Featured image courtesy of Tyler Nicolo (pictured right w/ Kenny Greene + Moosh and Twist)
When it comes to the local hip-hop and rap community, there are few people who have the background and experience like producer Tyler Nicolo. From the late 80s through the 90s, Tyler watched his father, Joe “The Butcher” Nicolo build up Philadelphia’s hip-hop scene with Ruffhouse Records, a record label that brought us records from The Fugees, Kris Kross, the classic The Miseducation of Lauryn Hill, Cypress Hill, Wyclef and many more. Tyler has gone on to forge his own reputation as one of Philly’s premiere hip-hop/rap producers, working with such luminaries as Wu Tang Clan’s GZA, Philly’s own Moosh & Twist, Big K.R.I.T, and many more. In August, rising Philly artist Kenny Greene released his latest mixtape, Chameleon, which featured much of Tyler’s brilliant production work. With the knowledge gained watching his father build one of the landmark Rap labels combined with his prolific producing career, Tyler is unquestionably one of the most important contributors to Philadelphia’s rap community. I sat down with Tyler to talk about his career in the music industry, whether or not Eminem would have demolished Drake in a Rap Battle, recording Chameleon with Kenny Greene, and much more!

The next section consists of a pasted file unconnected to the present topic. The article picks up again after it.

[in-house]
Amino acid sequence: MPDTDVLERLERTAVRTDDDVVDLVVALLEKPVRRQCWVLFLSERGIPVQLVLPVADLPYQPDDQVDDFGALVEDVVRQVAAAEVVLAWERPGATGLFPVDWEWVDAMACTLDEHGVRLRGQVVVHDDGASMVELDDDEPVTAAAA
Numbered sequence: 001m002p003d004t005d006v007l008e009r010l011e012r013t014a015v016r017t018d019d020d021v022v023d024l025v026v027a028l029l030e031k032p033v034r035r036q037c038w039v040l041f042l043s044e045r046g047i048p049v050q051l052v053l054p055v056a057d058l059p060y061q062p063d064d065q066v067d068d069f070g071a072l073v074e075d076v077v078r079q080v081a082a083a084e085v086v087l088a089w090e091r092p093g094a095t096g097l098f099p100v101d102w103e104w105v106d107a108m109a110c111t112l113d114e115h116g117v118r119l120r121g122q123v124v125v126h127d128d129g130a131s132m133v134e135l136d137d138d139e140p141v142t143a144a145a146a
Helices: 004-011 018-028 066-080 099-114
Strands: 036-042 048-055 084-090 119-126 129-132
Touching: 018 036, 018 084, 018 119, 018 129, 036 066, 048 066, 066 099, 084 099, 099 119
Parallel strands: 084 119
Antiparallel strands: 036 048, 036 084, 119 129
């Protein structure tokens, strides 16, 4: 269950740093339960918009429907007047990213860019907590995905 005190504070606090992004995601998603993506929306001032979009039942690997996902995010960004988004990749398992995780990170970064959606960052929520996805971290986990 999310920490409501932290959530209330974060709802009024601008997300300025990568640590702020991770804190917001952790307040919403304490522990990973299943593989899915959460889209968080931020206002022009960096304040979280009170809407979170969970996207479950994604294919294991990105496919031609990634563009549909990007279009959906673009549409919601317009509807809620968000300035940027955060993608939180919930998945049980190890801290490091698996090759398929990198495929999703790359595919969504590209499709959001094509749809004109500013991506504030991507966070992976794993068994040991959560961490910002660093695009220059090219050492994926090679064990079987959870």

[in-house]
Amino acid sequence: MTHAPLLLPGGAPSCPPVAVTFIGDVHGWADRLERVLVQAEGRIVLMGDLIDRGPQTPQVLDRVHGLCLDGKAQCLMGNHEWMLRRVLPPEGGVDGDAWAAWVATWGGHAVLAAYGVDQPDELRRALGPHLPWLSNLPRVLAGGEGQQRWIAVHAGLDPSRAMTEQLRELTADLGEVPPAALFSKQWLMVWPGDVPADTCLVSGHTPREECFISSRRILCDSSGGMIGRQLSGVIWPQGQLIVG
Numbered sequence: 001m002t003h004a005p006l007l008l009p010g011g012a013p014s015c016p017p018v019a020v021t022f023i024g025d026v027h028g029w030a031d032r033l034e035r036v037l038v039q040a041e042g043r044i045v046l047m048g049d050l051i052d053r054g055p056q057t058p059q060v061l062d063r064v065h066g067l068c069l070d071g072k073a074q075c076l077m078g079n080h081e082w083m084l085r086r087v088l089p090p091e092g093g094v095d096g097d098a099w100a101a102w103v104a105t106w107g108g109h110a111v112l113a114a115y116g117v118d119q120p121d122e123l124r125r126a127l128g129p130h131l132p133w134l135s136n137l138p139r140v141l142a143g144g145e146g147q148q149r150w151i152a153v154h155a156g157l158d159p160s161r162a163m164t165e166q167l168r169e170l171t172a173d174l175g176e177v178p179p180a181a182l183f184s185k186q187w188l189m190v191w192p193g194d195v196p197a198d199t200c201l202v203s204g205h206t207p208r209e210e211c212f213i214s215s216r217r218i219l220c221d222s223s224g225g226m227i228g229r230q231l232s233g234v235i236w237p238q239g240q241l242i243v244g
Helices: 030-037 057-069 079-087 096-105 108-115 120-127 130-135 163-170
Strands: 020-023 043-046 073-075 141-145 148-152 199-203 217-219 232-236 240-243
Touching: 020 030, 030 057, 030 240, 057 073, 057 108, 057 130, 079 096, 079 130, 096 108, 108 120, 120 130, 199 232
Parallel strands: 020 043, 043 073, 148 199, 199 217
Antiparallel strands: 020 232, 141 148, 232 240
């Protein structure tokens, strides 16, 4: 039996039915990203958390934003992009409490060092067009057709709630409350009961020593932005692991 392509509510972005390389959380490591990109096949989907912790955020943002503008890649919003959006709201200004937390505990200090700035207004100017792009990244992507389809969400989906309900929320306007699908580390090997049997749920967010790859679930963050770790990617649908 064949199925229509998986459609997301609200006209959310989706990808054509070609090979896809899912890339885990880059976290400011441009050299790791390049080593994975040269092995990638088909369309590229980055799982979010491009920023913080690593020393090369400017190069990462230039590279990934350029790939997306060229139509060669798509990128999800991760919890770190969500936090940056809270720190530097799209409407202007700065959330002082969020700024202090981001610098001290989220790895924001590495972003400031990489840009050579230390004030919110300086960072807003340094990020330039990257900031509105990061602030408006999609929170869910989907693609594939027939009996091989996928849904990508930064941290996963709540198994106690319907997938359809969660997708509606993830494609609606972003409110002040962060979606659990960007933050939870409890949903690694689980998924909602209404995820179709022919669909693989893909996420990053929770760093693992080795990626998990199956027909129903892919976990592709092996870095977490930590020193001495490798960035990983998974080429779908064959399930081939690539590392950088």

ROP: How did you first get involved in the music industry?
Tyler Nicolo: Well the music business is a family thing, you know. My Dad, Joe Nicolo, had a decent amount of success in the 90’s with Ruffhouse Records and his brother Grammy-winner Phil Nicolo currently owns and runs Studio 4. My Mom’s brother was general manager of Ruffhouse Records as well, so, from the beginning, I was just immersed in it. I was really, really lucky in that respect. Anyone else would have had to work countless hours to get to where I started. It was just a blessing.
ROP: What made you decide to pursue production instead of the business side?
TN: I was always interested in producing music. When I was three or four years old, I remember my dad bringing his MPC-60 Drum Machine home. I had been begging him to bring it home, he wanted to teach me and, at the time, he was producing for an artist named Schoolly D out of Philadelphia. Joe introduced me to Rap records when I was three, but my mom wasn’t too thrilled with the language. My Dad didn’t care, though, and he let me listen to it. For as long as I can remember, I was listening to Rap records, studying the production side and learning how beats were made.
ROP: That’s an unusual experience for most people; that is, your Dad showing you Rap records versus Classic Rock bands. Do you feel that was a fairly unique experience?